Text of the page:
A Streetcar Named Desire by Tennessee Williams (hier online bestellen)
The play presents Blanche DuBois, a fading Southern belle whose pretensions to virtue and culture only
thinly mask her nymphomania and alcoholism. Her chastity and poise are an illusion she presents, to shield
others, but most of all, herself from her reality. Blanche arrives at the house of her sister Stella
Kowalski in the French Quarter of New Orleans, where the seamy, multicultural ambience is a shock to
Blanche's nerves. Explaining that her ancestral southern plantation Belle Reve (translated from French
as "Beautiful Dream") has been "lost" due to the "epic fornications" of her ancestors, Blanche is welcomed
to stay by a trepidant Stella, who fears the reaction of her husband Stanley. Blanche explains to them how
her supervisor told her she could take time off from her job as an English teacher because of her upset
In contrast to both the self-effacing Stella and the charming refinement of Blanche, Stella's husband,
Stanley Kowalski, is a force of nature; primal, rough-hewn, brutish and sensual. He dominates Stella in
every way, and she tolerates his offensive crudeness and lack of gentility largely because of her
self-deceptive love for him.
The interjection of Blanche upsets her sister and brother-in-law's system of mutual dependence. Stella
is swept aside as the attraction between the oppositely-charged Stanley and Blanche overwhelms the
household. Stanley's friend and Blanche's would-be suitor Mitch is similarly trampled along Blanche
and Stanley's collision course. Their final, inevitable confrontation-- a rape-- results in Blanche's
Blanche and Stanley, together with Arthur Miller's Willy Loman, are among the most recognizable
characters in American drama.
The reference to the streetcar called Desire - as well as being an accurate slice of New Orleans
geography - is symbolic. Blanche indeed has to travel on a streetcar route named "Desire" to reach
Stella's home in Elysian Fields, presenting an abiding theme in the play.
Extract from book:
BLANCHE: Eureka! Honey, you open the door while I take a last look at the sky. I'm looking for the
Pleiades, the Seven Sisters, but these girls are not out tonight. Oh, yes they are, there they are!
God bless them! All in a bunch going home from their little bridge party.... Y'get the door open?
Good boy! I guess you - want to go now...
MITCH: Can I - uh - kiss you - goodnight-
BLANCHE: Why do you always ask me if you may?
MITCH: I don't know whether you want me to or not.
BLANCHE: Why should you be so doubtful?
MITCH: That night when we parked by the lake and I kissed you, you -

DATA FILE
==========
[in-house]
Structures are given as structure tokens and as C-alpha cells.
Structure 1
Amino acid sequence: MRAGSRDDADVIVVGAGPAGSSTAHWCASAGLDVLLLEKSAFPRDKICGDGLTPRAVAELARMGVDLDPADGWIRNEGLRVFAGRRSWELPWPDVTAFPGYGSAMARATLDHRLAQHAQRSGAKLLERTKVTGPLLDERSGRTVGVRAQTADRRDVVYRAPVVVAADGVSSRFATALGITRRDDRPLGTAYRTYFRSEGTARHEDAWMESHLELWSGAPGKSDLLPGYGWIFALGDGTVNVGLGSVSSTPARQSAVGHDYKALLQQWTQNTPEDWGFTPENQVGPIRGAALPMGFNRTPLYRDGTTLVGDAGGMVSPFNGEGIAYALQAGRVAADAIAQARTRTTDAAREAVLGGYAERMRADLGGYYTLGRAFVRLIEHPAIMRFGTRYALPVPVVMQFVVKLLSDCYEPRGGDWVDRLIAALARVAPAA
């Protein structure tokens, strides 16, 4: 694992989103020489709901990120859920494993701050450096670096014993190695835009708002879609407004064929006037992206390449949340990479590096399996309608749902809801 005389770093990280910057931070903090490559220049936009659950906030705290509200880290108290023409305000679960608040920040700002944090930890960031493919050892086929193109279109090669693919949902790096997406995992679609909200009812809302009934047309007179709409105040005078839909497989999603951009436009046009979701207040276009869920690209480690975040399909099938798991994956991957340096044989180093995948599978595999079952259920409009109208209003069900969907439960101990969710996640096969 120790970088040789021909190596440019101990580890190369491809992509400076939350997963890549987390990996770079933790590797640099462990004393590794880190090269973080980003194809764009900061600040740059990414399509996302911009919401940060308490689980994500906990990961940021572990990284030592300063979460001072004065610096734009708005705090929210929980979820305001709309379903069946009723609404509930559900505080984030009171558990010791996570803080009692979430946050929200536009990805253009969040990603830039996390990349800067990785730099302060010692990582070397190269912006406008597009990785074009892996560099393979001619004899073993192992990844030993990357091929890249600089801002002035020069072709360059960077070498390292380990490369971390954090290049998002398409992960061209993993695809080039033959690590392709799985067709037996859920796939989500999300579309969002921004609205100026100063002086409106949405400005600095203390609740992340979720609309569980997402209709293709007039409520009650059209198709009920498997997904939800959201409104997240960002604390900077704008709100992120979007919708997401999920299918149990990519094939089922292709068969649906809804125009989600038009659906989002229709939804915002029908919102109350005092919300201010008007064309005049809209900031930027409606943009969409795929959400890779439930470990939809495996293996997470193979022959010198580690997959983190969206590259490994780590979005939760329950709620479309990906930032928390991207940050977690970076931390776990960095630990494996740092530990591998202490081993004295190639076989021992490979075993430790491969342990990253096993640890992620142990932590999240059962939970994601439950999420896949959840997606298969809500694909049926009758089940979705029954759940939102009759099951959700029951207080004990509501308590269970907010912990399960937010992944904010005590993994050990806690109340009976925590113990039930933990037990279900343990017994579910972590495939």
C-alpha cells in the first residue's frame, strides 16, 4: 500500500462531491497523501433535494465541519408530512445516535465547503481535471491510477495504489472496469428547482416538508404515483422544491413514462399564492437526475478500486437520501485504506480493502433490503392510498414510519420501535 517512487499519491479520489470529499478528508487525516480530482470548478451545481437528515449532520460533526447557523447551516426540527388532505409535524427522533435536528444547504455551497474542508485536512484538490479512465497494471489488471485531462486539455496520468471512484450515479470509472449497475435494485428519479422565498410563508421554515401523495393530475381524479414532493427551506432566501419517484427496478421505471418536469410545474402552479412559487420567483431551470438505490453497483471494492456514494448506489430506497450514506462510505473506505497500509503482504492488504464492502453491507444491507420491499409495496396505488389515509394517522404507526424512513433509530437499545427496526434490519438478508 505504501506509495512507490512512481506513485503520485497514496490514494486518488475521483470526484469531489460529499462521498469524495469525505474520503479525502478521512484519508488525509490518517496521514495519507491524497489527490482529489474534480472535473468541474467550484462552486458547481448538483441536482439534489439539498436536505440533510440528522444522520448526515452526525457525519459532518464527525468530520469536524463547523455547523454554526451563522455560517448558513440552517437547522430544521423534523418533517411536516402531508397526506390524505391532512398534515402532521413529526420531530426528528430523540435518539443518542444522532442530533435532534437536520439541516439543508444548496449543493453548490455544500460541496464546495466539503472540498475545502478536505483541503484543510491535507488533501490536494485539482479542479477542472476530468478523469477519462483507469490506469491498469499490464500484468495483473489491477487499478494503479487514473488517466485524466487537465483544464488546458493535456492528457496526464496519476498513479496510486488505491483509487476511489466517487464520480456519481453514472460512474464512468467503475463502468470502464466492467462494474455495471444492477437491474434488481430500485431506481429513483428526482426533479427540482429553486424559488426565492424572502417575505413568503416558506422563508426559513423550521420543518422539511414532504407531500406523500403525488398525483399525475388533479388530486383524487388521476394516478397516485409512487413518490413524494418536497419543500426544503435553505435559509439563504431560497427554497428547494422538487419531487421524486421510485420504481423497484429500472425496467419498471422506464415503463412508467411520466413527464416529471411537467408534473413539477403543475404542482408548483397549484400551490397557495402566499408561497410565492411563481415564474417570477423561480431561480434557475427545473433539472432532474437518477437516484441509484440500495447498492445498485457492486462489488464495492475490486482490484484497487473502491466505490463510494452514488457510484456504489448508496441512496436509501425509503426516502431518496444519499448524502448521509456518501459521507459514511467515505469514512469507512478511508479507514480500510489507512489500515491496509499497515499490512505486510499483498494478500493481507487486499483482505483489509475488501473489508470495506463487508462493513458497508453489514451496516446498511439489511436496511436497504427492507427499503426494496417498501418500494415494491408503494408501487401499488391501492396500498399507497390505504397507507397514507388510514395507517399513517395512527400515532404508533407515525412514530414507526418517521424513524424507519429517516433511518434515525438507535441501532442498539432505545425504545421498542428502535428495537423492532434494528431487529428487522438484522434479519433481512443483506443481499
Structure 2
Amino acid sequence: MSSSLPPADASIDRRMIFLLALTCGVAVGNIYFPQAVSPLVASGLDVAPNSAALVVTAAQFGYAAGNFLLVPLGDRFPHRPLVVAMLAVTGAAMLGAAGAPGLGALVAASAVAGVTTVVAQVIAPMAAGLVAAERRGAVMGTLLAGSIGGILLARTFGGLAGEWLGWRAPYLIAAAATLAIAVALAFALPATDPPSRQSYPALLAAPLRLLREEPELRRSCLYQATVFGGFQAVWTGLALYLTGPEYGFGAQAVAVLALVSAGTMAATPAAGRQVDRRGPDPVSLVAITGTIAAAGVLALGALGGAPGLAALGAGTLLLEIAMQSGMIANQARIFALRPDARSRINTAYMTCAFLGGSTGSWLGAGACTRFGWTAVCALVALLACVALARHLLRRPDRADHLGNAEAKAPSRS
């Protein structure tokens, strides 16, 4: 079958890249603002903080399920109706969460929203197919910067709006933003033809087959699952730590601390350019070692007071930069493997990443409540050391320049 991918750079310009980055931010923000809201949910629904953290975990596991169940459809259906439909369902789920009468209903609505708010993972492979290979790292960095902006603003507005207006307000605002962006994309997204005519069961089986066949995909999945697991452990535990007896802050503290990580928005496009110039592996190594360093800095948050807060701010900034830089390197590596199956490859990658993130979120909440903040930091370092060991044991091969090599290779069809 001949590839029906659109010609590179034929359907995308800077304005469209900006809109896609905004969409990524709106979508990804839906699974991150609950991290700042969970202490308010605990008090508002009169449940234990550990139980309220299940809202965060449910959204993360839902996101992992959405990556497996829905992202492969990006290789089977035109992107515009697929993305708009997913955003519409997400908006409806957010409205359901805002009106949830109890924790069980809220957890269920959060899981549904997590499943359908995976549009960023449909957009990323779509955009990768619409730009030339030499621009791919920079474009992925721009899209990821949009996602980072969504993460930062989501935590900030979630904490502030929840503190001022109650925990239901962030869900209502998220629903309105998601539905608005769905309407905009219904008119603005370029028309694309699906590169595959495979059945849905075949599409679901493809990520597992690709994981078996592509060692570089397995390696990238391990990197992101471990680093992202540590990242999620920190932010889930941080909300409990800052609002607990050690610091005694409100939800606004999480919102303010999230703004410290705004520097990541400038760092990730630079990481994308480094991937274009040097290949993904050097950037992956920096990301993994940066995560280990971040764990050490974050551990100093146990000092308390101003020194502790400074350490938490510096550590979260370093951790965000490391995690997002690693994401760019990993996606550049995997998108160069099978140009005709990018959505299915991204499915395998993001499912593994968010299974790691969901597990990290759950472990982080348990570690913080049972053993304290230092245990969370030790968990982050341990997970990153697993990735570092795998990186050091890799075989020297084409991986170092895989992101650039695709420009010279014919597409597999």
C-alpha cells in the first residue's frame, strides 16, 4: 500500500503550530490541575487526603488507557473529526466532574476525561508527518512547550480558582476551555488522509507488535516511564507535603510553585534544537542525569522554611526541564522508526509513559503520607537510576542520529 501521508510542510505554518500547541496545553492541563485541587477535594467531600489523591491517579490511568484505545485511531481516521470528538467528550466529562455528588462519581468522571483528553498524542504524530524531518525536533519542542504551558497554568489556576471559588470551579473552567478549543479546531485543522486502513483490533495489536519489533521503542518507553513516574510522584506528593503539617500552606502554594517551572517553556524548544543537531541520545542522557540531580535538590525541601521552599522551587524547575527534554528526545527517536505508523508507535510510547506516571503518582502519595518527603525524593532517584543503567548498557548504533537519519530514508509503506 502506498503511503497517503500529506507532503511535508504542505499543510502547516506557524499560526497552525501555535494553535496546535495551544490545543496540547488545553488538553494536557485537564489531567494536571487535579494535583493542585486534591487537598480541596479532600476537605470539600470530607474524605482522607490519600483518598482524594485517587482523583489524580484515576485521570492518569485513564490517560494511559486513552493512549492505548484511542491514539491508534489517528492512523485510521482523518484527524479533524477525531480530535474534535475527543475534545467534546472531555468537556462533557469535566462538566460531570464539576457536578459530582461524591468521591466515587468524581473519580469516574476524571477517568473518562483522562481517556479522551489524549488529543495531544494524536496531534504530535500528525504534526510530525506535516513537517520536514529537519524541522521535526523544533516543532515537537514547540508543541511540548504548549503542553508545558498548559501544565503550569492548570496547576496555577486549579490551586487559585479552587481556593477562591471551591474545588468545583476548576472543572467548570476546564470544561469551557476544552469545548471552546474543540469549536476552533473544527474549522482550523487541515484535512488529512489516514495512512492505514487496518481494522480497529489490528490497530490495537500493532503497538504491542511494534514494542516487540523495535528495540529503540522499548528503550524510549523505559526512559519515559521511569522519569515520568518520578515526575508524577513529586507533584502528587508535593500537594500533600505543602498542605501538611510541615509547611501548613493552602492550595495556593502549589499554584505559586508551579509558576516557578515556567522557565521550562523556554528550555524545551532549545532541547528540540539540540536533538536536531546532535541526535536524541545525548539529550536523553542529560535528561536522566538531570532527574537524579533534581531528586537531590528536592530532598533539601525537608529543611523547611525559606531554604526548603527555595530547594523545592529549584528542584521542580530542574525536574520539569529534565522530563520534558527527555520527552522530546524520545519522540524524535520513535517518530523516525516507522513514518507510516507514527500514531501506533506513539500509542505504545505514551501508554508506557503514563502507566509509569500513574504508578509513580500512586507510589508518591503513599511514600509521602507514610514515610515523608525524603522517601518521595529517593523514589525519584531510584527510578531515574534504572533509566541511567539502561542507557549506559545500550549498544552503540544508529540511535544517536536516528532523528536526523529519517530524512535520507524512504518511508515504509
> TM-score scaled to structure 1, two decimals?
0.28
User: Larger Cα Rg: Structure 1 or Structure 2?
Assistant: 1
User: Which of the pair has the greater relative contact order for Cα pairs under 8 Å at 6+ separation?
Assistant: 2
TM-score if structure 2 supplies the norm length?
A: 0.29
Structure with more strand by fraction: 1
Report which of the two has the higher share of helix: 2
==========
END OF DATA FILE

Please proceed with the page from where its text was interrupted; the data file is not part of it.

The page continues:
BLANCHE: Honey, it wasn't the kiss I objected to. I liked the kiss very much. It was the other
little - familiarity - that I - felt obliged to - discourage.... I didn't resent it! Not a bit in the
world! In fact, I was somewhat flattered that you - desired me! But, honey, you know as well as I do
that a single girl, a girl alone in the world, has got to keep a firm hole on her emotions or she'll be
About the author:
Tennessee Williams' family was a very troubled one that provided inspiration for much of his writings. He
was born in Columbus, Mississippi, in the home of his maternal grandfather, the local Episcopal rector.
(The home is now the Mississippi Welcome
Center and tourist office for the city.) His father, Cornelius Williams, was a traveling shoe salesman who
became increasingly abusive as his children grew older. Dakin Williams, his brother, was often favored
over him by their father. His mother, Edwina Williams, was a descendant of a genteel southern family, and
was somewhat smothering. The family moved to Clarksdale, Mississippi, by the time Thomas was three. At
eight, he was diagnosed with diphtheria and for two years could do almost nothing, but then his mother
decided she wouldn't allow him to continue wasting his time. She encouraged him to use his imagination
and gave him a typewriter when he was thirteen.
In 1918, the family moved again to St. Louis, Missouri. In 1927, at the age of 16, Williams won third
prize (five dollars) for an essay published in Smart Set entitled, "Can a Good Wife Be a Good Sport?"
A year later, he published "The Vengeance of Nitocris" in Weird Tales.
In the early 1930s Williams attended the University of Missouri-Columbia where he was a member of the
Alpha Tau Omega fraternity. It was there that his fraternity brothers dubbed him Tennessee for his rich
southern drawl. In the late 1930s Williams transferred to Washington University for a year, eventually
taking a degree from the University of Iowa in 1938. By that time, Williams had written what would be
his first publicly performed play, Cairo, Shanghai, Bombay! at 1937 Snowden in Memphis, Tennessee.
This work was first performed in 1935 at 1780 Glenview, also in Memphis.
Williams lived in the French Quarter of New Orleans, Louisiana. He first moved there in 1939 to write
for the WPA and lived first at 722 Toulouse Street, which was the setting of his 1977 play Vieux Carré
and is now a bed and breakfast. He wrote A Streetcar Named Desire (1947) while living at 632 St.
A Streetcar Named Desire by Tennessee Williams
Taschenbuch: 224 Seiten
Verlag: W W Norton & Co Ltd; Auflage: New Ed (September 2004)
Preis: € 8,49
More works from the same author:
zurück zur Übersicht